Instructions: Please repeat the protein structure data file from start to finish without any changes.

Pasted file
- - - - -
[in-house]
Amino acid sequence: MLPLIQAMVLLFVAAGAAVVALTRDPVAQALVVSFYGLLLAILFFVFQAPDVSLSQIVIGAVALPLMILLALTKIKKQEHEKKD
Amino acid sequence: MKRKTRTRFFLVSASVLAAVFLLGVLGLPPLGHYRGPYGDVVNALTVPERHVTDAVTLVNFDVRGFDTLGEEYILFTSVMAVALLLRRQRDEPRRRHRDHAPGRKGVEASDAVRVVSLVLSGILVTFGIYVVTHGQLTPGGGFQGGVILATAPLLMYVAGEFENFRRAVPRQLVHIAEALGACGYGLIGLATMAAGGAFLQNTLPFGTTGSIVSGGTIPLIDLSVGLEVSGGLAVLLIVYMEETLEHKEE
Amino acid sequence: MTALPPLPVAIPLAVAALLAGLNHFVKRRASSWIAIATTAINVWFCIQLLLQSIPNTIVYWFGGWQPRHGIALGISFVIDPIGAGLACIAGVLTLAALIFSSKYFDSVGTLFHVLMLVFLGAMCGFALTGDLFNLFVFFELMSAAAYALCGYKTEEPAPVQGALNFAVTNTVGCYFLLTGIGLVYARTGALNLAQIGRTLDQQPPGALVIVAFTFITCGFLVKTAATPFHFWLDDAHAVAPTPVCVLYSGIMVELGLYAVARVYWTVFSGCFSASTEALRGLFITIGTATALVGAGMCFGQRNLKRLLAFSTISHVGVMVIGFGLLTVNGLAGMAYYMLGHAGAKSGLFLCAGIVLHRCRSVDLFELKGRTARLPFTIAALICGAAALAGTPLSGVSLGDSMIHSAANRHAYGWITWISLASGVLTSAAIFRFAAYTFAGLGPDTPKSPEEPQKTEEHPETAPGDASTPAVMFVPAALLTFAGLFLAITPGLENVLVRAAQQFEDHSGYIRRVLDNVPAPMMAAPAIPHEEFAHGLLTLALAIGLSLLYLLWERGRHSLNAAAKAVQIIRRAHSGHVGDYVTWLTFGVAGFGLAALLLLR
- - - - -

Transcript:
[in-house]
Amino acid sequence: MLPLIQAMVLLFVAAGAAVVALTRDPVAQALVVSFYGLLLAILFFVFQAPDVSLSQIVIGAVALPLMILLALTKIKKQEHEKKD
Amino acid sequence: MKRKTRTRFFLVSASVLAAVFLLGVLGLPPLGHYRGPYGDVVNALTVPERHVTDAVTLVNFDVRGFDTLGEEYILFTSVMAVALLLRRQRDEPRRRHRDHAPGRKGVEASDAVRVVSLVLSGILVTFGIYVVTHGQLTPGGGFQGGVILATAPLLMYVAGEFENFRRAVPRQLVHIAEALGACGYGLIGLATMAAGGAFLQNTLPFGTTGSIVSGGTIPLIDLSVGLEVSGGLAVLLIVYMEETLEHKEE
Amino acid sequence: MTALPPLPVAIPLAVAALLAGLNHFVKRRASSWIAIATTAINVWFCIQLLLQSIPNTIVYWFGGWQPRHGIALGISFVIDPIGAGLACIAGVLTLAALIFSSKYFDSVGTLFHVLMLVFLGAMCGFALTGDLFNLFVFFELMSAAAYALCGYKTEEPAPVQGALNFAVTNTVGCYFLLTGIGLVYARTGALNLAQIGRTLDQQPPGALVIVAFTFITCGFLVKTAATPFHFWLDDAHAVAPTPVCVLYSGIMVELGLYAVARVYWTVFSGCFSASTEALRGLFITIGTATALVGAGMCFGQRNLKRLLAFSTISHVGVMVIGFGLLTVNGLAGMAYYMLGHAGAKSGLFLCAGIVLHRCRSVDLFELKGRTARLPFTIAALICGAAALAGTPLSGVSLGDSMIHSAANRHAYGWITWISLASGVLTSAAIFRFAAYTFAGLGPDTPKSPEEPQKTEEHPETAPGDASTPAVMFVPAALLTFAGLFLAITPGLENVLVRAAQQFEDHSGYIRRVLDNVPAPMMAAPAIPHEEFAHGLLTLALAIGLSLLYLLWERGRHSLNAAAKAVQIIRRAHSGHVGDYVTWLTFGVAGFGLAALLLLR